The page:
Next is the logical shard ID, 10 bits in total.
Finally, the sequence, 12 bits in total.
We have represented the time as a 41-bit integer by creating a custom epoch: this simply involves picking an arbitrary point in time, calling it “0”, and starting to count the milliseconds from there. As we’re representing the time as a 41-bit number, we can generate IDs for ~69 years.
We have decided to generate IDs using Redis, but Redis is not distributed by default, so we assign each node an ID, called the “logical shard ID”. This is simply a number between 0 and 1023 to distinguish one node from another. This ensures that if two nodes are asked for an ID during the same millisecond, they’ll return different IDs.
What if a single node is asked for an ID again in the same millisecond though? Well, we have the “sequence number” to take care of that. This is simply a 12 bit number that starts at 0 and increments up to 4095 before looping back to 0 and starting again. This effectively means we can generate a maximum of 4096 IDs, per millisecond, per node. We have a maximum of 1024 nodes, we we can generate a theoretical maximum of 4,194,304 IDs in a single millisecond without duplicates. Should you exceed this amount, we should refuse to generate another ID until the next millisecond.
With all this together, once a list of IDs is sorted, they’ll be grouped together by time and sorted by the (relatively) meaningless shard ID and sequence number after that. That is, they’ll be k-sorted by time. Remember that time is not always consistent across these servers, so we only guarantee a roughly sorted list.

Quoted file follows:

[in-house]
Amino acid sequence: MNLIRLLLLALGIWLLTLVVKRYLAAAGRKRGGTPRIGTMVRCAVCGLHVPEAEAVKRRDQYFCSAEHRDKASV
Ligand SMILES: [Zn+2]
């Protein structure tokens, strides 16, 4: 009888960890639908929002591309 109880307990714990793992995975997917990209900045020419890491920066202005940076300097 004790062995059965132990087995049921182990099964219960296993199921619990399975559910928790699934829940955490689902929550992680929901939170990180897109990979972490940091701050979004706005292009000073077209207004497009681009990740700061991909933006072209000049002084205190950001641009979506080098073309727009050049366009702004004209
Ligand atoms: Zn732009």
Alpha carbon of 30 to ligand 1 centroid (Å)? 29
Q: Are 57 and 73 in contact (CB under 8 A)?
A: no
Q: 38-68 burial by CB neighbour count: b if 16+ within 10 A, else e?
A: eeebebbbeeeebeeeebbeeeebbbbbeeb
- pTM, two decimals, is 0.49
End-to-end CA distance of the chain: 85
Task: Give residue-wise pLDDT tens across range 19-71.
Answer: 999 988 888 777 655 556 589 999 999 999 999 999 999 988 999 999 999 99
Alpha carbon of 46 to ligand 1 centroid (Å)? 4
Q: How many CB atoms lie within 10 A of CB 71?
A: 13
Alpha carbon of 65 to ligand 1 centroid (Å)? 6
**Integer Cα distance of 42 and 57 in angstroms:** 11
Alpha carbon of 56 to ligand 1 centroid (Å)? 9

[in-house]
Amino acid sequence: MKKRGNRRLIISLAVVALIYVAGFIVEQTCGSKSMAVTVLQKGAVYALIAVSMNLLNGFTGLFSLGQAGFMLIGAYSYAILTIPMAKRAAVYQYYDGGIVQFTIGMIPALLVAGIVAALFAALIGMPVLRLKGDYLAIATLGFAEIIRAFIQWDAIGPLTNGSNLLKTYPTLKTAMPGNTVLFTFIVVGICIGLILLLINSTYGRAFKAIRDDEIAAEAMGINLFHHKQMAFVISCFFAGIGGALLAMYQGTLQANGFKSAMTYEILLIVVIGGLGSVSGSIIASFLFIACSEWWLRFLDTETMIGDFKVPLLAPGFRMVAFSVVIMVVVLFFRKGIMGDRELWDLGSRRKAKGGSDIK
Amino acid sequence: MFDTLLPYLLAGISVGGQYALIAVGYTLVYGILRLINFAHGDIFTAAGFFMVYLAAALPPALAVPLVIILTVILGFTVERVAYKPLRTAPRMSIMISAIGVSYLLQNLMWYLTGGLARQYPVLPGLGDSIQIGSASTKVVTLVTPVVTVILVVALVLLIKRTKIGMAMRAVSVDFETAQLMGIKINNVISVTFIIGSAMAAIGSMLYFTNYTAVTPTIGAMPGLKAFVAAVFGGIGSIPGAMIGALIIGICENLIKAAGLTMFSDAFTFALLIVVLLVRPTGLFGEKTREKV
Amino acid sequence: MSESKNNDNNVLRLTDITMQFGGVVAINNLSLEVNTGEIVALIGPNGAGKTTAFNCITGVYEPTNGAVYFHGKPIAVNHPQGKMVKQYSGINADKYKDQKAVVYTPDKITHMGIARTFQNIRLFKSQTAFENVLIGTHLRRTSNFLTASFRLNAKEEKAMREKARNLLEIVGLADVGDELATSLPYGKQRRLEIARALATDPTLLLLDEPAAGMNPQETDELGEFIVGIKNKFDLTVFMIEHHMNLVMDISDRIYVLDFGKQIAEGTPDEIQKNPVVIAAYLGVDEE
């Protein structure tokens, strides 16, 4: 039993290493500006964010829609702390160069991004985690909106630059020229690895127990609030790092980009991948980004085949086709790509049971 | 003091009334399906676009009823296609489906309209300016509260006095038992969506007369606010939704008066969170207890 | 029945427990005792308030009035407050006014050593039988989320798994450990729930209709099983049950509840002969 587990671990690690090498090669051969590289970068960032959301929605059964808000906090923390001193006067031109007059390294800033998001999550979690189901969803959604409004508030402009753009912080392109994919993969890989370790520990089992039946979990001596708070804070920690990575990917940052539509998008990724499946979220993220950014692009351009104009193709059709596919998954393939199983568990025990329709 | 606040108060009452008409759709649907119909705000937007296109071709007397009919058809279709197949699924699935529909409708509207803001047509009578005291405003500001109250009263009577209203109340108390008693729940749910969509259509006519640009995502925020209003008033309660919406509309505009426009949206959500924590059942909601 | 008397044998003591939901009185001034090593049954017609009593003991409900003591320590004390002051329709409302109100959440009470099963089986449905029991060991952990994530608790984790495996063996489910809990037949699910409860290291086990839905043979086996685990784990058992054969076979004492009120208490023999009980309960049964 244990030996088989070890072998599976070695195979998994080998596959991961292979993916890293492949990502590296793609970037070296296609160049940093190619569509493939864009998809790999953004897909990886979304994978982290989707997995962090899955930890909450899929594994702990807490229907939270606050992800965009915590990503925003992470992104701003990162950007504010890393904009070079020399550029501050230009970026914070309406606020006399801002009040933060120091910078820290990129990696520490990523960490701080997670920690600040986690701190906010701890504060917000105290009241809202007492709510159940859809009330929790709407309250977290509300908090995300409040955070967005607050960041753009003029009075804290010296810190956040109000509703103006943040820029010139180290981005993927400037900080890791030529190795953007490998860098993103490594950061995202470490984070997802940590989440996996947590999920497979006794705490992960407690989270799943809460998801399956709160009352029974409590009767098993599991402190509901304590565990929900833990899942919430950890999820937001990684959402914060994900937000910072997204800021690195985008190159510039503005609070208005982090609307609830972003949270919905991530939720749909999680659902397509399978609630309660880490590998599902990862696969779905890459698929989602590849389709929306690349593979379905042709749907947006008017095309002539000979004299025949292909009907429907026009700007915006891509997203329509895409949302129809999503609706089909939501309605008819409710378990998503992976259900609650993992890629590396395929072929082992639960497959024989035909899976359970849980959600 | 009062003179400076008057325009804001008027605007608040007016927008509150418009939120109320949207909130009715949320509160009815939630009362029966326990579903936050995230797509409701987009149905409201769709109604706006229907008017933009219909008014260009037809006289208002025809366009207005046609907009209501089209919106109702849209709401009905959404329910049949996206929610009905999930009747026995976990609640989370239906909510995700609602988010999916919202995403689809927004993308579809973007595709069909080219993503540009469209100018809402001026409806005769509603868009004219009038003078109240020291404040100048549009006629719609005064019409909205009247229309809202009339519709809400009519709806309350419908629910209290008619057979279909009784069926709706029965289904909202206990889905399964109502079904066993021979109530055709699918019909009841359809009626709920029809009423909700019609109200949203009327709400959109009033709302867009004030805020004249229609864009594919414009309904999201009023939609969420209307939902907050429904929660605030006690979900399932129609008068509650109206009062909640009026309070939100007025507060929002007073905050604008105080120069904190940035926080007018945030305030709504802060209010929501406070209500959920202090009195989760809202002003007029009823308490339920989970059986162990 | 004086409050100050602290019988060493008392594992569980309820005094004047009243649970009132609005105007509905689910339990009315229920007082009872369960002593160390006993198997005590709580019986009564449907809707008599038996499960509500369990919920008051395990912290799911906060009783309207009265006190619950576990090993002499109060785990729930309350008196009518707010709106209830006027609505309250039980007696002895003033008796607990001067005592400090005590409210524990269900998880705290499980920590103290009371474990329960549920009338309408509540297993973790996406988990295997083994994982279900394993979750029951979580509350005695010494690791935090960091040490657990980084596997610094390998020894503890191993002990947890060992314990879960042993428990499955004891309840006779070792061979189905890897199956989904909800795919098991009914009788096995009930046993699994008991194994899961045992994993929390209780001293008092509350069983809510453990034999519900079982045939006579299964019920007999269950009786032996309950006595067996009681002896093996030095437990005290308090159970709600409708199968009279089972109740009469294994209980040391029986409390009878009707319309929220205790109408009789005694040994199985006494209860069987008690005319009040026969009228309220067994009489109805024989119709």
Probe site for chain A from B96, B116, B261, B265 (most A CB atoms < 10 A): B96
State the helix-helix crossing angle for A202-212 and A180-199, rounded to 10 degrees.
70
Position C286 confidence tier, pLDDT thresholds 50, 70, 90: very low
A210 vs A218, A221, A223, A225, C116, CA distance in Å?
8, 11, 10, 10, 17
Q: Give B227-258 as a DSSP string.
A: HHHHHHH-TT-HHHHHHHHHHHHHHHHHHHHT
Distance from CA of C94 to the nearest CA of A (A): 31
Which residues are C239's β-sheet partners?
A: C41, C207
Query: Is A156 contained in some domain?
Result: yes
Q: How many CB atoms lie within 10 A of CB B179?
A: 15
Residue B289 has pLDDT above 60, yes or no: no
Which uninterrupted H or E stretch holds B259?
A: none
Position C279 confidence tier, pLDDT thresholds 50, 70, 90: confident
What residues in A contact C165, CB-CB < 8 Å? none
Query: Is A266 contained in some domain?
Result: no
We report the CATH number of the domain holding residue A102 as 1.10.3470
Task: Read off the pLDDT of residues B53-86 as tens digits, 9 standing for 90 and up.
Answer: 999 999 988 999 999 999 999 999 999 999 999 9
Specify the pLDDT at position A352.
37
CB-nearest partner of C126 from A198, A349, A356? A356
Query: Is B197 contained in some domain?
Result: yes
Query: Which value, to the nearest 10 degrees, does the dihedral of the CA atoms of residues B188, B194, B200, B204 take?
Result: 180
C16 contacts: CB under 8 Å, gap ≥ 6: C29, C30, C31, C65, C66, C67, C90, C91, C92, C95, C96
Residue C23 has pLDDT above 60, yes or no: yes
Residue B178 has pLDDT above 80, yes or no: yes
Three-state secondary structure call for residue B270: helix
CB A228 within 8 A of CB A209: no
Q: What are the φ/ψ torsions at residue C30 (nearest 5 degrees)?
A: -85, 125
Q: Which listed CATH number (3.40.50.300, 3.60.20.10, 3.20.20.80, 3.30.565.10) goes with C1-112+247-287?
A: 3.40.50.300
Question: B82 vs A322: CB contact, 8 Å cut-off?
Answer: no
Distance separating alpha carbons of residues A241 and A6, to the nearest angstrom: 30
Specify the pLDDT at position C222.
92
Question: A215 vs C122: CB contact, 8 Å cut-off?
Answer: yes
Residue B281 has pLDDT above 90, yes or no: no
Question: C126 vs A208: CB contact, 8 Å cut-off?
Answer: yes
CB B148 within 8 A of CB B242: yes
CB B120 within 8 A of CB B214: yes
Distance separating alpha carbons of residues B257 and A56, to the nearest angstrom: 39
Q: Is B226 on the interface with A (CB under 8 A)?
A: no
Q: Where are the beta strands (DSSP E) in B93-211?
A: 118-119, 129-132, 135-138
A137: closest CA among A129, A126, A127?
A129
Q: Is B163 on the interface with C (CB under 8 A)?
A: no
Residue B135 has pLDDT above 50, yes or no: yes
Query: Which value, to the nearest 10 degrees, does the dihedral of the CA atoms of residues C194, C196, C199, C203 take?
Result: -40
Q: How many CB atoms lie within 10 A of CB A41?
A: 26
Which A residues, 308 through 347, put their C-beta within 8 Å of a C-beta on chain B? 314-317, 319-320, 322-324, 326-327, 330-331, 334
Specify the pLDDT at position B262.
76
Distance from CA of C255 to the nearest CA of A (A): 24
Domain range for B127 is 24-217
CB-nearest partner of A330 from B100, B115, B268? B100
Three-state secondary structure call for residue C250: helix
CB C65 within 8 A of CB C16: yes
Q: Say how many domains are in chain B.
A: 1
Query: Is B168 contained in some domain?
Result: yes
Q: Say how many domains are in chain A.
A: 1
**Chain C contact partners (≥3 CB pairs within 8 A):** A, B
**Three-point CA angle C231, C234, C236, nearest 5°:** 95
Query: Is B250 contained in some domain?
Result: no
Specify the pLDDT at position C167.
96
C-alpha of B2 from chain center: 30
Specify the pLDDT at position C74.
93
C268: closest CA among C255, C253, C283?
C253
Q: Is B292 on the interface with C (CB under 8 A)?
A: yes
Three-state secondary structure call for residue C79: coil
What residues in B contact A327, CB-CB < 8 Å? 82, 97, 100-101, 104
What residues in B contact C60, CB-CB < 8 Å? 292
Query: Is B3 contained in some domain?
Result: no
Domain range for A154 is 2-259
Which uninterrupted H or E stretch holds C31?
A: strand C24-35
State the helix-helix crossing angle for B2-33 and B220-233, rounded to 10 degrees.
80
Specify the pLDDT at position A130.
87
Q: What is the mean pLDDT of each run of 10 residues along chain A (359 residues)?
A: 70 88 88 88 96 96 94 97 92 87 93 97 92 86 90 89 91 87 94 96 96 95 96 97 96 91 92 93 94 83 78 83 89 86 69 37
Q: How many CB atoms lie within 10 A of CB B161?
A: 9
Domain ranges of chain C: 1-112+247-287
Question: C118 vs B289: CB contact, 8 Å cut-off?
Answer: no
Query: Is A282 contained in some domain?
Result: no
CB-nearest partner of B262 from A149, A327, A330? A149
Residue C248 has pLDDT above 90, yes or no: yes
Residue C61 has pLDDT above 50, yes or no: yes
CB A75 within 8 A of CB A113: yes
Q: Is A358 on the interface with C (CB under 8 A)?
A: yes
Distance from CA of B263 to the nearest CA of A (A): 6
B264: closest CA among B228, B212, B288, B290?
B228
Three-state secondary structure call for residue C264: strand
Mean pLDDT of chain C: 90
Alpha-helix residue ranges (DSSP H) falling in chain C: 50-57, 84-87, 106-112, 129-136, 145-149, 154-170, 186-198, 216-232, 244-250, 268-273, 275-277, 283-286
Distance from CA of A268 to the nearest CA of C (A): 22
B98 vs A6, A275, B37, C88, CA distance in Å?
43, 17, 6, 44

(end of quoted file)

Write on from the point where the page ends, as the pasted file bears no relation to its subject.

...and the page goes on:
The final piece of the puzzle is in why and how we use Redis to do this.
We primarily chose Redis for the task because it’s a service we already had. We preferred not to have to deploy and manage another service for this task, opting instead to use something we already know how to monitor and we understand the behaviour of at scale.
Redis fitted our needs well as it allowed us to run arbitrary scripts using Lua; however, you could use any service that allows this 7. The ability to run Lua scripts is important in the case of Redis, as it otherwise lacks the ability to conditionally run commands in a transaction.
We ran into one limitation with Redis: at the time of coding, the Lua bitops library provided by Redis didn’t provide appropriate bit shift operations, something we needed to compose the 64-bit ID in pure Lua. As such, we currently call to Redis with the Lua script to get the components which make up the ID (time, logical shard ID, sequence) and bit shift them all together in the client-library (which is currently written in Java).
long id = ((timestamp - CUSTOM_EPOCH) << TIMESTAMP_SHIFT) | (logicalShardId << LOGICAL_SHARD_ID_SHIFT) | sequence;
One final interesting aspect of Redis is that it does not actually support any form of distributed mode (although that will change when Redis cluster is released 8). As a result, we implement a naïve round-robin algorithm to cycle between a large, pool of Redis servers. This allows us to have full redundancy, and a relatively evenly distributed load across the servers.
Now you know the theory and limitations behind generating distributed IDs, we’ve open-sourced our implementation of these ideas on GitHub as “Icicle”. The reference implementation is in Java, but really you could reimplement this easily in any language (remember, the primary part of it is the Lua script that gets passed to Redis, which is already implemented for you!)
Contributions to the source-code are welcome via GitHub pull requests!
p.s: The name of our project was inspired by a (sadly) now defunct project from Twitter called “Snowflake”, from which we drew much inspiration 9.
UUIDs require a great deal of manual configuration to ensure IDs will generate properly in a distributed environment. ↩
The Flickr engineering team blogged about how they worked around the problems of replicated auto-incremented primary keys. ↩
Instagram have written about their distributed ID solution which uses stored procedures in PostgreSQL. ↩
Source: Intent HQ